In the context of your question, "all this" means many things taken as a single whole. "All these" means many things as part of the whole; not everything.
For example I might be a boss pointing to a room full of boxes and say, "all of this needs to be moved into the next room." I can use the word 'this" because I mean everything. It is taken as a whole.
If I meant only some of the boxes, or if a mistake could be made if I'm not specific, I would point to specific boxes I wanted moved and say, "all of these need to be moved into the next room."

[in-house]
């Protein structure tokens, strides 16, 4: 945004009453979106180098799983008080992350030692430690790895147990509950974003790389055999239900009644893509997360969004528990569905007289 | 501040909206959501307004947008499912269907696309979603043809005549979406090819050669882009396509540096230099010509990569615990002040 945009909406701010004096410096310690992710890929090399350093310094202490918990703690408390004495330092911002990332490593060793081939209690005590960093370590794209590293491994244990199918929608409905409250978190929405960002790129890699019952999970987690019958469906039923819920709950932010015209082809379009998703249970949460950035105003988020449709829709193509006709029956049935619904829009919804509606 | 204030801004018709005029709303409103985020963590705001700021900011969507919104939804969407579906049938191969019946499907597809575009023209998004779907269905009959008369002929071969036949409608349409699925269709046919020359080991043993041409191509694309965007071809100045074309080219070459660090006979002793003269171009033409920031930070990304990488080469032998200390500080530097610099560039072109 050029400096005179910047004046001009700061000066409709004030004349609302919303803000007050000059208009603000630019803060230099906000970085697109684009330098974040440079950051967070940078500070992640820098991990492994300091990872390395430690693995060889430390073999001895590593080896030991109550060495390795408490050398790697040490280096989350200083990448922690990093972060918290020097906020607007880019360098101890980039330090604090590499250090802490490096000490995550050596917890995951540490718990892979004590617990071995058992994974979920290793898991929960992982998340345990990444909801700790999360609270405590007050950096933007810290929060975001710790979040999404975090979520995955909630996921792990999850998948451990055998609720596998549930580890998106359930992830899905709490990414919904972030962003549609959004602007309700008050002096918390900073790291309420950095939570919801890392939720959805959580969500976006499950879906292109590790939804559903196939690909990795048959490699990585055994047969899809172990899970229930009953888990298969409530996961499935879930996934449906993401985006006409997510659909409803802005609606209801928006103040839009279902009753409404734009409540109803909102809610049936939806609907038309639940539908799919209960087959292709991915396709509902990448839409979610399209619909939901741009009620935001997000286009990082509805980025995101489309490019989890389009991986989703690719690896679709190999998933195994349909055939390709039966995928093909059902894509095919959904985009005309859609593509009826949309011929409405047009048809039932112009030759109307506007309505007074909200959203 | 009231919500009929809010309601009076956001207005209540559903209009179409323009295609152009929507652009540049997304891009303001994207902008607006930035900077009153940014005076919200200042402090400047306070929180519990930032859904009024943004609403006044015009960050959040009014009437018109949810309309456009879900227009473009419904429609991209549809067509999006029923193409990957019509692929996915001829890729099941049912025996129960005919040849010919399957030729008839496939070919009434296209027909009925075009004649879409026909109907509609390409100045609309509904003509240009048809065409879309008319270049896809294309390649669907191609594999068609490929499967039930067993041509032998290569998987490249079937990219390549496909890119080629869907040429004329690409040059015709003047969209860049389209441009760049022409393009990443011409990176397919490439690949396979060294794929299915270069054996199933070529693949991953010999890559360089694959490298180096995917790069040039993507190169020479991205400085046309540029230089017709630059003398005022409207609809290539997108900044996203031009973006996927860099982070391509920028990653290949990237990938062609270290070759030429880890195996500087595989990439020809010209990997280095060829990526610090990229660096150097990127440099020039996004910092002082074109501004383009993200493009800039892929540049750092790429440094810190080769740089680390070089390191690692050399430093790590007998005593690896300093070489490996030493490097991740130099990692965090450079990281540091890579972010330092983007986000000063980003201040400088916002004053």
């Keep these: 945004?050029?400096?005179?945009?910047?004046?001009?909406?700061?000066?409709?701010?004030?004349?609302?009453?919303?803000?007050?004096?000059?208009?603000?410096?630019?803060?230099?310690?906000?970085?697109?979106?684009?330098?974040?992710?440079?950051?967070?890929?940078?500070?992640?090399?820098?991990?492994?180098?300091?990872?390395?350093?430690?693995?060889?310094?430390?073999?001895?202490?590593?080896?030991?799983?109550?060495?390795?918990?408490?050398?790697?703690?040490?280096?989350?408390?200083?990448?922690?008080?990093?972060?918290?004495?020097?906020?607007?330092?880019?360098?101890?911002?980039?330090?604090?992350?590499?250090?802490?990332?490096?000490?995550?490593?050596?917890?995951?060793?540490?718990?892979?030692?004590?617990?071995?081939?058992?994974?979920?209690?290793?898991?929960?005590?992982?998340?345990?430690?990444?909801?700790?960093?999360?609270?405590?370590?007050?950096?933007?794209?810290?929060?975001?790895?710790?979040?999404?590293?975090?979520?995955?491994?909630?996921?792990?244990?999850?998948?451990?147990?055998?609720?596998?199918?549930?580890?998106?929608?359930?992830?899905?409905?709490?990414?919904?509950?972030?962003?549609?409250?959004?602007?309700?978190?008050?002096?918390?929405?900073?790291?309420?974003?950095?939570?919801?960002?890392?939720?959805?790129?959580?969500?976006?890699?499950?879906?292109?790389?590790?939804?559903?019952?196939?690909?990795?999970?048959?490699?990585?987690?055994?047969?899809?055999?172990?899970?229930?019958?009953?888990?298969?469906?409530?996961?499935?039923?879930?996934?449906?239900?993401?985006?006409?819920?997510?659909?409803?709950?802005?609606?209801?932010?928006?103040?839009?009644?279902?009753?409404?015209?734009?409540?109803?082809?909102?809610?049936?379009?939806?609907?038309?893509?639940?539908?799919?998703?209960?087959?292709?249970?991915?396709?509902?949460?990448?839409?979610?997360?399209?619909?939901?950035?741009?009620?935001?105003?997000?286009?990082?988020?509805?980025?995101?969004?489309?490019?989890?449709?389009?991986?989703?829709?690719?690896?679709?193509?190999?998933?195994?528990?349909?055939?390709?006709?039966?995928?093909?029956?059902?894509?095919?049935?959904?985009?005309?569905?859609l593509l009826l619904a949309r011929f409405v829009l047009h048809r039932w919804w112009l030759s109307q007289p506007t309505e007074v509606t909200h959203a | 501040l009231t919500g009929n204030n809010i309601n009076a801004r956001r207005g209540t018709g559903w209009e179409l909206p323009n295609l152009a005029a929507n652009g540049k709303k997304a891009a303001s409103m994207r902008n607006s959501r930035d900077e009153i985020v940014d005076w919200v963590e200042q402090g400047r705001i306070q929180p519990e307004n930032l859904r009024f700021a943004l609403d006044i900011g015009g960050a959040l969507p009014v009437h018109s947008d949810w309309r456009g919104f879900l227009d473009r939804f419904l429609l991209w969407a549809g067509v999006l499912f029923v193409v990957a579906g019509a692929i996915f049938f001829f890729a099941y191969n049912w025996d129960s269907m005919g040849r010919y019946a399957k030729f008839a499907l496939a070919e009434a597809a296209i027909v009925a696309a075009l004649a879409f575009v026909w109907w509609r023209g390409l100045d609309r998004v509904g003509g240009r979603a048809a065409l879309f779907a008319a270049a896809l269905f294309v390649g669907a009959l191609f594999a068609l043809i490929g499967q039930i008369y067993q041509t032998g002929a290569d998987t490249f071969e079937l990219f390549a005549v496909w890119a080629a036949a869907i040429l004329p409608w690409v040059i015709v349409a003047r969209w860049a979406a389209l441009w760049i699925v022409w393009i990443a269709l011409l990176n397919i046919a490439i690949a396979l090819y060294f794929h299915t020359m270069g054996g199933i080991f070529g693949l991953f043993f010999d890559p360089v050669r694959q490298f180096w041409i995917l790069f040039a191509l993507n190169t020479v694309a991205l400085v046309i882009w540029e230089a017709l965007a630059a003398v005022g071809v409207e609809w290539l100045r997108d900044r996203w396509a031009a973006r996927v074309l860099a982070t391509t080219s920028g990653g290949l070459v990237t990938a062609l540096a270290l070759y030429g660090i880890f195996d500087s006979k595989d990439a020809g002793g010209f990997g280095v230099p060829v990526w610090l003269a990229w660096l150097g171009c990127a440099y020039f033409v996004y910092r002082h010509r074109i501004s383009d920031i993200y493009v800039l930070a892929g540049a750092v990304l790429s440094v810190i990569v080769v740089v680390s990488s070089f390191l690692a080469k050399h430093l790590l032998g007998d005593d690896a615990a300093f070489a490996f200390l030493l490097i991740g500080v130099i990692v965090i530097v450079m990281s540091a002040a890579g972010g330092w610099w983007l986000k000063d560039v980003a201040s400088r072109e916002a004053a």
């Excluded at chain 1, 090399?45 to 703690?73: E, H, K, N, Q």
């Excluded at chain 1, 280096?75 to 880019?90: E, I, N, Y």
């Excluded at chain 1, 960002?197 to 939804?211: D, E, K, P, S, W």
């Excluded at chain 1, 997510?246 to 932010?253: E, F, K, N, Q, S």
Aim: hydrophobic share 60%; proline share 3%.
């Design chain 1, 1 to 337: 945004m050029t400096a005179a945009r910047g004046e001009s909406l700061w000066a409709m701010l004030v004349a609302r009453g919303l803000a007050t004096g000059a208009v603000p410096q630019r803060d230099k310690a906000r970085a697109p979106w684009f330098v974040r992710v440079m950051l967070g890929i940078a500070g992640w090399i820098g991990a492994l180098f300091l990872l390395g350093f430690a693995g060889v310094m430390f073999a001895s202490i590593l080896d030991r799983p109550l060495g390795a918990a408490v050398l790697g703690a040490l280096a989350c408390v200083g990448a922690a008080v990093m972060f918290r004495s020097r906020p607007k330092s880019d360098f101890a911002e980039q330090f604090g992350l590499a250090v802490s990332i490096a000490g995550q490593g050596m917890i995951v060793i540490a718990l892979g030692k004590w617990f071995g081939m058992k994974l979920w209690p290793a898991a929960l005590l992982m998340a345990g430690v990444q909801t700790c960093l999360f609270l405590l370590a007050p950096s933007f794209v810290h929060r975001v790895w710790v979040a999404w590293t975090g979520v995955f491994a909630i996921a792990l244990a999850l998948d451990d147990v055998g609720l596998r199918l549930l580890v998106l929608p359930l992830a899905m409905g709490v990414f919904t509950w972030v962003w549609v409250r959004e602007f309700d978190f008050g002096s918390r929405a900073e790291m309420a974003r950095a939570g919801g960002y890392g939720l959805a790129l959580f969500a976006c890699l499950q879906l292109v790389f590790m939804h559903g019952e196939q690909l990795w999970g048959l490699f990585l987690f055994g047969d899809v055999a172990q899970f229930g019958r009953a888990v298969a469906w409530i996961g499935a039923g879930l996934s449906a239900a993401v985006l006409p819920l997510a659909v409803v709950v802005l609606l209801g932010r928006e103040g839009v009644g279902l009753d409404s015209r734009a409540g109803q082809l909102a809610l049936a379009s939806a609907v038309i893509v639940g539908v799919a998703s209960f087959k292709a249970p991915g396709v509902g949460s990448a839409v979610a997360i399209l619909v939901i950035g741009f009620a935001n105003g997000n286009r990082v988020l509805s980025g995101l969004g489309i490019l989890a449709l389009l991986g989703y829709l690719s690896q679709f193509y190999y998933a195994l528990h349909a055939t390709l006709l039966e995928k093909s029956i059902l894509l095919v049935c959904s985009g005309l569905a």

Another example I can think of is something I can picture from the movies: a rich guy looking out at all the land he owns with his son beside him. He waves his arm and says, "one day all this will belong to you." He means everything. The whole. Even if all his land is made up of individual items he would not say, "all these will be yours." It might be correct, but it also implies he is only talking about certain parts of the things in front of him. The son would ask, "which of these will be mine?"